A new development in the Swiss Alps has secured an exemption from Switzerland’s federal law on overseas home ownership which opens the way for foreign buyers to purchase without a permit or time limit.
The exemption from Lex Koller, the informal name for the rule that regulates overseas buyers in Switzerland, means that property investors from around the world can once again look to Switzerland for a second home or a buy to let investment without restrictions on when and to whom they can sell.
The project, which is set to boost the size of the traditional Swiss mountain village of Andermatt, is being built in conjunction with a major redevelopment of the ski area which will join up the current facilities with neighbouring Sedrun as well as the construction of new lifts, gondolas and restaurants due from completion in 2018 with 120 kilometres of pistes.
When it is finished Andermatt Swiss Alps will have six four and five star hotels, about 500 apartments, 28 luxury chalets, conference facilities, a swimming pool and an 18 hole championship golf course which is already open in the summer months.
British buyers have already being showing interest as the exemption from Lex Koller means that Switzerland is being seen as an alternative to France or Spain for both holiday home and buy to let investors due to uncertainty over Brexit. Switzerland is not a member of the European Union but it is a member of the single market through a series of bilateral agreements.
Currently the Lex Koller exemption has been granted until 2030 and Russell Collins, London based sales director of Andermatt Swiss Alps, believes that it will be extended, giving buy to let property investors the ability to sell without restriction in the longer term.
‘The exemption is currently until 2030 but we expect it to continue beyond this, giving investors an exit strategy well after this initial timeframe. Buy to let investors and holiday home owners can also let their properties through our rental scheme which currently offer a 3% net rental guarantee for three years,’ he explained.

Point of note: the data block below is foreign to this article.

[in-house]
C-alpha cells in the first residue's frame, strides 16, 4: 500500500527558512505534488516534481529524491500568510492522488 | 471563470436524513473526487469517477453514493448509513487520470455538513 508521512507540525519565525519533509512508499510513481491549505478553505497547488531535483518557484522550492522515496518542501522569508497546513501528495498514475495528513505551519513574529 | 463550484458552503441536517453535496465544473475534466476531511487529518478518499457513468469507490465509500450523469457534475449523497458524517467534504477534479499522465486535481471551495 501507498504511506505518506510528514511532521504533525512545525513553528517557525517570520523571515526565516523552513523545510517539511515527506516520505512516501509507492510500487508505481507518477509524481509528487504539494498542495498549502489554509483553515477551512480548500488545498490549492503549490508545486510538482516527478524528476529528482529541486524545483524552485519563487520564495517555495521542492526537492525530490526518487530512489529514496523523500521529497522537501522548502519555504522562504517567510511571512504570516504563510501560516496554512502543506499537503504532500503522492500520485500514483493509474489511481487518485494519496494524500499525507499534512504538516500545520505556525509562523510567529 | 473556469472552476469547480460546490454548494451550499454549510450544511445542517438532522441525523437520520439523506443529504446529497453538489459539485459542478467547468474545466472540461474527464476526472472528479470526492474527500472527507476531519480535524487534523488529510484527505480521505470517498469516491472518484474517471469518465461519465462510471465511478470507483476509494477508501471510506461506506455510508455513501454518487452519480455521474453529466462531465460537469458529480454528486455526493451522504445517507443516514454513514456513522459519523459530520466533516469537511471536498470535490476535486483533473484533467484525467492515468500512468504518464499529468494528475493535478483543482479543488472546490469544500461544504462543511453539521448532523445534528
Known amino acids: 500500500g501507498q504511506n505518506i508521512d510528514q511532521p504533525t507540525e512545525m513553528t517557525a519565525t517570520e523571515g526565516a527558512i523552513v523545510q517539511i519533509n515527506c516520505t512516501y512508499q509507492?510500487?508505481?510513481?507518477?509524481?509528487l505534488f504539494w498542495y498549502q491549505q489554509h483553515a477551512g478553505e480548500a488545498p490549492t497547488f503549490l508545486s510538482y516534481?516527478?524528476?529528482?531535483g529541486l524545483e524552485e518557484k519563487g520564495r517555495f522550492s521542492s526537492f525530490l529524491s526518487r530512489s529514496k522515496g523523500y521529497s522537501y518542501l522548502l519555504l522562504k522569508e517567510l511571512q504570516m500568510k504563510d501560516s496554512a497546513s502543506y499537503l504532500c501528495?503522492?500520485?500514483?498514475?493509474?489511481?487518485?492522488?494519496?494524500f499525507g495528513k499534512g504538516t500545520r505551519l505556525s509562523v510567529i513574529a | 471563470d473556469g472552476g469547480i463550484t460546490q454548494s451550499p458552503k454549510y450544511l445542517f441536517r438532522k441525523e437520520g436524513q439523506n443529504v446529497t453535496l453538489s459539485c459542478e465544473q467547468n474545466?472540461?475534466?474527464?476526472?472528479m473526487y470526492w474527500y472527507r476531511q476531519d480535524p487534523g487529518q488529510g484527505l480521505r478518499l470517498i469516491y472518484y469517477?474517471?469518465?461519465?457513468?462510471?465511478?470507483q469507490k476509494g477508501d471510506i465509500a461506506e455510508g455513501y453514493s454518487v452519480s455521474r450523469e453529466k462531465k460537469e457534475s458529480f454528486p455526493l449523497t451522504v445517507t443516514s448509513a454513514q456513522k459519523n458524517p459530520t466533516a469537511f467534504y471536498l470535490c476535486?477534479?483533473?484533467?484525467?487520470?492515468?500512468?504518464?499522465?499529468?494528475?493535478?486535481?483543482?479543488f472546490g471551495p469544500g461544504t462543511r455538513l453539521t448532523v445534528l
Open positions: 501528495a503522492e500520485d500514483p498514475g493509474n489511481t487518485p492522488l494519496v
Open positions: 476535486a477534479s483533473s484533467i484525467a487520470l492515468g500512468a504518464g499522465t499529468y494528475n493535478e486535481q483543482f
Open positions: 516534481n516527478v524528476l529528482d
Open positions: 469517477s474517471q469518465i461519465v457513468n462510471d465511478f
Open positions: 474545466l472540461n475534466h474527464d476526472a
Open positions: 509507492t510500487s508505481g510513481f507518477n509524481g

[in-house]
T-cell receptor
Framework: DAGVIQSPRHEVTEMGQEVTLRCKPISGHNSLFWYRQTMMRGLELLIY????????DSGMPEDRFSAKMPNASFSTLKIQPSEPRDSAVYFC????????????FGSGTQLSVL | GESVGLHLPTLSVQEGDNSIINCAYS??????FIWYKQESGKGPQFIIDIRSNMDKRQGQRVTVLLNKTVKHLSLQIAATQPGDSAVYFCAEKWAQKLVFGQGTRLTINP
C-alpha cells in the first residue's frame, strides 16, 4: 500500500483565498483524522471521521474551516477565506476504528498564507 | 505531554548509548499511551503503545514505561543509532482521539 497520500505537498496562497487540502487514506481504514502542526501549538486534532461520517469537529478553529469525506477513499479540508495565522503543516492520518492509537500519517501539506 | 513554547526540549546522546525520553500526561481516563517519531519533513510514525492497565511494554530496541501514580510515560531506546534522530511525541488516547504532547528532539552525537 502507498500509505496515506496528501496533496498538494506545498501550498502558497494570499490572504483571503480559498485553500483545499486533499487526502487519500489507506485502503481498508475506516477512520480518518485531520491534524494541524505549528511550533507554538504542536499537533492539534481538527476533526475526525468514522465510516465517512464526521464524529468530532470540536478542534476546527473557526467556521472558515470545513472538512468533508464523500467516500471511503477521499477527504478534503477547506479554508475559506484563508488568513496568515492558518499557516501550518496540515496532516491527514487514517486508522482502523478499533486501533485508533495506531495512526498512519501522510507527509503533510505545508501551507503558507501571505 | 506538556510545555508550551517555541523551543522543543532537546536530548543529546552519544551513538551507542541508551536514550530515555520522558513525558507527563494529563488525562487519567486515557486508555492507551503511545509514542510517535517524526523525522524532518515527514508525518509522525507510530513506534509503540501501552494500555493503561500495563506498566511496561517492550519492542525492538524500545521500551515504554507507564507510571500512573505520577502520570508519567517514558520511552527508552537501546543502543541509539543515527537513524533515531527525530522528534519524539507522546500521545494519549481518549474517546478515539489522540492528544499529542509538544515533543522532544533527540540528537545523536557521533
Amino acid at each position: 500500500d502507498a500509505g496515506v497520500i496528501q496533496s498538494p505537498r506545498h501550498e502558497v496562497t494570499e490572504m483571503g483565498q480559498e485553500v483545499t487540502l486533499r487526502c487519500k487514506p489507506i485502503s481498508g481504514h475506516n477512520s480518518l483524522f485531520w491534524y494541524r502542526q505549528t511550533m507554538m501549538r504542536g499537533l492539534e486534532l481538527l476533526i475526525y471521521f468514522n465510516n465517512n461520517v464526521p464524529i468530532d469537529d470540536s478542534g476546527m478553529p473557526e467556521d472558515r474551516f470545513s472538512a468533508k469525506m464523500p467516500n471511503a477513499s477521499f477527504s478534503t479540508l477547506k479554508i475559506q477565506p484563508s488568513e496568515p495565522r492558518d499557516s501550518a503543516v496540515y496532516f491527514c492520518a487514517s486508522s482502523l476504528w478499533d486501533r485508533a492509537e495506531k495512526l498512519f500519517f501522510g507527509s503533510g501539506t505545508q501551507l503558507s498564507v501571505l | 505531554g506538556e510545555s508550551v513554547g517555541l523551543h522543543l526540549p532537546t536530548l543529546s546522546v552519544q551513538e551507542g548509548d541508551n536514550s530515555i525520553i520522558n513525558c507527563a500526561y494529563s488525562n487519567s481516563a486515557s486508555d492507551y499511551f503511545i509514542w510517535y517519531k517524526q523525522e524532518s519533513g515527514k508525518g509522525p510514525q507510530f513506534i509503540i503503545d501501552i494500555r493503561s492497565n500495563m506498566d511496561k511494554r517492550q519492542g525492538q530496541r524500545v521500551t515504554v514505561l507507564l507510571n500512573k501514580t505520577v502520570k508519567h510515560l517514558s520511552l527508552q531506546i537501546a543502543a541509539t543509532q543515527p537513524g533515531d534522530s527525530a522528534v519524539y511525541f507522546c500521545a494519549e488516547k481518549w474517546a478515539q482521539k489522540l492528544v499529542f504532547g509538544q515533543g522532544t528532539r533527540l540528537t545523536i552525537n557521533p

He pointed out that the development is also exempt from Switzerland’s Second Home Initiative which limits the construction of second homes to 20% of the number of properties being built in a community.
So far around 50% of buyers are from Switzerland with the rest coming from the UK, Germany and Italy. Some are British expats and others are UK based buyers who want to let out their property and still use it themselves.
The apartments, starting at 600,000 Swiss Francs, around £500,000, are not aimed at the super wealthy. Because the project was envisaged as a major regeneration of a rural village that had seen its population decline amid fears that it would become a ghost town, attracting buyers from overseas is seen as an integral part of an overall vision that will see local jobs created and make Andermatt into the focal point that it once was as a village at the centre of trade routes from France, Italy and Germany.
One of the more interesting aspects is that even although the development is set to change the village for ever, some 96% of local people were in favour of the plans for the hotels, apartments and ski area development. The resort will also become car free.
‘As part of the vision for regenerating a rural area, it was realised that they would have to let foreign buyers in, in large numbers, not just the super wealthy. The exemption from Lex Koller and the Second Homes Initiative makes this a unique situation,’ said Collins.
‘It is a very rare opportunity to invest, and be part of, a really dynamic local growth story in a country that offers economic and political stability. A mind concerns about Brexit, Switzerland is being increasingly seen as a safe haven for property,’ he added.